APL Logistics is taking a “cautious” outlook for the rest of the year and into 2012, despite a strong first half-year performance and growth in emerging markets and automotive logistics.
The logistics division of Singapore’s Neptune Orient Lines Group was the standout performer when the company reported half-year results earlier this month.
With its APL liner shipping operation under pricing pressure in key markets, NOL posted a net loss of $57 million in the period, compared with a $1 million profit in the first half of 2010. But APL Logistics saw core earnings before interest and taxes rise 22 percent year-over-year to $33 million, as revenue increased 18 percent to $682 million.
APL Logistics President Jim McAdam attributed the gains primarily to contract and automotive logistics growth, and improved revenue from emerging markets, particularly in Asia.
“I think it’s going to be challenging,” he said in an interview. “The forecast GDP growth of developed markets is being marked down, equity markets are in a state of disruption and there is uncertainty about sovereign debt issues.”
McAdam said the strength and duration of the peak season is “unpredictable,” so APL is running the business with the same conservatism it showed in 2009.
“It could all be much ado about nothing, but if it’s not then those companies which operated prudently will benefit, so we’ll be cautious in the next six months and see what happens,” he said.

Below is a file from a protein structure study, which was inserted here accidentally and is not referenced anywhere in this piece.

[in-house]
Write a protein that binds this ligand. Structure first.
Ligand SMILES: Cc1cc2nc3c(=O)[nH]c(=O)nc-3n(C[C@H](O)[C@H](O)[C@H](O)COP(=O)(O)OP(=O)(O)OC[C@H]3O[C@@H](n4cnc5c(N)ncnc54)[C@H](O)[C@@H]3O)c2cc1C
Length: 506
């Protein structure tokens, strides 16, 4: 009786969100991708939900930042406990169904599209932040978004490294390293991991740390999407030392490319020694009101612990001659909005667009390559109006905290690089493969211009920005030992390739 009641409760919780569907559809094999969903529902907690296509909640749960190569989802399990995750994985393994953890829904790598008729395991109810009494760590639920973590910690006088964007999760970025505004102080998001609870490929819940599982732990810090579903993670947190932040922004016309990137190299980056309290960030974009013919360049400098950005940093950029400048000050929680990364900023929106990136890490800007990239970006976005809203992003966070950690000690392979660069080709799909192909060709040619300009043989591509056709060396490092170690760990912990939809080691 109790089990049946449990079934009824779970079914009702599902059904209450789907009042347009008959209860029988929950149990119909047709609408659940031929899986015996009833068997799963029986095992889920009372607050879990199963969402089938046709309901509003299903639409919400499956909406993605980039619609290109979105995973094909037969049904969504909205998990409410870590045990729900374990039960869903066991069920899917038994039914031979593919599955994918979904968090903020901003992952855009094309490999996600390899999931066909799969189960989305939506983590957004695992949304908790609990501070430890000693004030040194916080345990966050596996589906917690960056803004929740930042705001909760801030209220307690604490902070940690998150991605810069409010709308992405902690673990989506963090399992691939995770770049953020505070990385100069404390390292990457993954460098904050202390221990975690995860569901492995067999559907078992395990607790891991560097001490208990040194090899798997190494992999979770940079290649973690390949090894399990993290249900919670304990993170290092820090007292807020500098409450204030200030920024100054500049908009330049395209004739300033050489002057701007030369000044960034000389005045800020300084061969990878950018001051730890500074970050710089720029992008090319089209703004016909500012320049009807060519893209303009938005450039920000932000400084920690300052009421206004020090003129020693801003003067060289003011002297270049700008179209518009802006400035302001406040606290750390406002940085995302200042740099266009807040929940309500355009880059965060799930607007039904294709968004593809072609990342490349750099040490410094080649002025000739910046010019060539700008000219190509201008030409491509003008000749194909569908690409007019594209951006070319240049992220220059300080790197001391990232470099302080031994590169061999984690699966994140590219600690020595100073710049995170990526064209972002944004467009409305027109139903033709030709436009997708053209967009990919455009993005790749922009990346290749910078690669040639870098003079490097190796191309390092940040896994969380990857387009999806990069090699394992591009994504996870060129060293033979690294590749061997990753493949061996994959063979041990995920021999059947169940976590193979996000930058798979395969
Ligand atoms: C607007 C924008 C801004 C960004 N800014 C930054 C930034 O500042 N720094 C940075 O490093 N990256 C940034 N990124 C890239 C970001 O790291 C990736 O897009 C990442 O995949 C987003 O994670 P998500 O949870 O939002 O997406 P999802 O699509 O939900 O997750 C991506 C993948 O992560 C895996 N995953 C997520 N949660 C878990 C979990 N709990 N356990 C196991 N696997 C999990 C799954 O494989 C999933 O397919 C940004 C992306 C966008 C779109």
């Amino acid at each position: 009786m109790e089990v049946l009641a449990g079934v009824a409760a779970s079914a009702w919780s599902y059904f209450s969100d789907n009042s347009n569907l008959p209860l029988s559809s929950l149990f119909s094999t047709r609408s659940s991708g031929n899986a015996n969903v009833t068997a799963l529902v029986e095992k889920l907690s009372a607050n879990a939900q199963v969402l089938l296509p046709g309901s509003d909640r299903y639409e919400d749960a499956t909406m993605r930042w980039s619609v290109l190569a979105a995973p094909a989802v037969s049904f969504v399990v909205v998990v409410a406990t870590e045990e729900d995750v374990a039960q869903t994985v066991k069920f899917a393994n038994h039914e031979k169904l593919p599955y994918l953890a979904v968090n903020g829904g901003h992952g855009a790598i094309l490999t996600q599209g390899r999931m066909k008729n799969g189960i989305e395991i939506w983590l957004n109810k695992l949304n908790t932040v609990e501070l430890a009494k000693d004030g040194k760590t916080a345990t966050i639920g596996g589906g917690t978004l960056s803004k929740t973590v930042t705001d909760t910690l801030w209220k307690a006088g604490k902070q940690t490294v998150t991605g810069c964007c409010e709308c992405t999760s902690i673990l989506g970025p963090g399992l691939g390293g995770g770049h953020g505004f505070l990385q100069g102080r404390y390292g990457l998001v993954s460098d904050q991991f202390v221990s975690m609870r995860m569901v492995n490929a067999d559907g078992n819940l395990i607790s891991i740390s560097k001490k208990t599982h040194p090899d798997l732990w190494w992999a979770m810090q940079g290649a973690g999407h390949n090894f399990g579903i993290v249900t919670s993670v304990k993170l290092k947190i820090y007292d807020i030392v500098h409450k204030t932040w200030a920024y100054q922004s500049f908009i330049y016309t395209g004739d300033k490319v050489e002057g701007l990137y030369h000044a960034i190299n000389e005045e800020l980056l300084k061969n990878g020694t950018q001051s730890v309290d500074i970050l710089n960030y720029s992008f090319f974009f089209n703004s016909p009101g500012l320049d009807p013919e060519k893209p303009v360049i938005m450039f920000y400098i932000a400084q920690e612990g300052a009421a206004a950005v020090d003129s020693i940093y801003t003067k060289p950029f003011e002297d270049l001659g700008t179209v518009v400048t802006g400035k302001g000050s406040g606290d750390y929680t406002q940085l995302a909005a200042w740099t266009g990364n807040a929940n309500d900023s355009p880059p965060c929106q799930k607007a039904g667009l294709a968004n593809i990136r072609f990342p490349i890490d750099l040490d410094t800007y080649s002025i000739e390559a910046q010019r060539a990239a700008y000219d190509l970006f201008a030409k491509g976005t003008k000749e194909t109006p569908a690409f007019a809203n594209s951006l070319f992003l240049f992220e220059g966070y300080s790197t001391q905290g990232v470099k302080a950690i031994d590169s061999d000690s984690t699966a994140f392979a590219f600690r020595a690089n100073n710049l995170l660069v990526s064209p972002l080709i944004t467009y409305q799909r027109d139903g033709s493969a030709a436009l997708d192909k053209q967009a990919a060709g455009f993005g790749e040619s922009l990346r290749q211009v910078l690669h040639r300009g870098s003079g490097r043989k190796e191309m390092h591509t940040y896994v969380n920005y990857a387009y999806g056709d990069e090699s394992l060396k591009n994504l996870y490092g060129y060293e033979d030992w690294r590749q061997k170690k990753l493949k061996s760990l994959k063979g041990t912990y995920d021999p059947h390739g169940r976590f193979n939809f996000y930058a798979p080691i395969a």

McAdam said a change in how automotive manufacturers organized their supply chains would continue to drive growth for APL Logistics in China and North America. He forecast that Asia’s share of the division’s revenue would rise from the 25 percent achieved in the first half of 2011.
“We’re pretty excited about India both in terms of supporting exports of that country and supporting domestic growth of India,” he said.
McAdam expects double-digit growth in India, and APL, which operates a double-stack rail business in the country, plans to invest more in trucking, warehousing and distribution.
“China contract logistics growth is also expected to be strong, and we’re quite bullish on Indonesia,” he said.
The company in Indonesia offers logistics services for domestic and international markets, and land transportation.
“It’s a very different story in last two years than five years ago. Lots of companies in textiles, apparel and [fast moving consumer goods] are interested in re-entering Indonesia because it also now has rising domestic consumption,” McAdam said.
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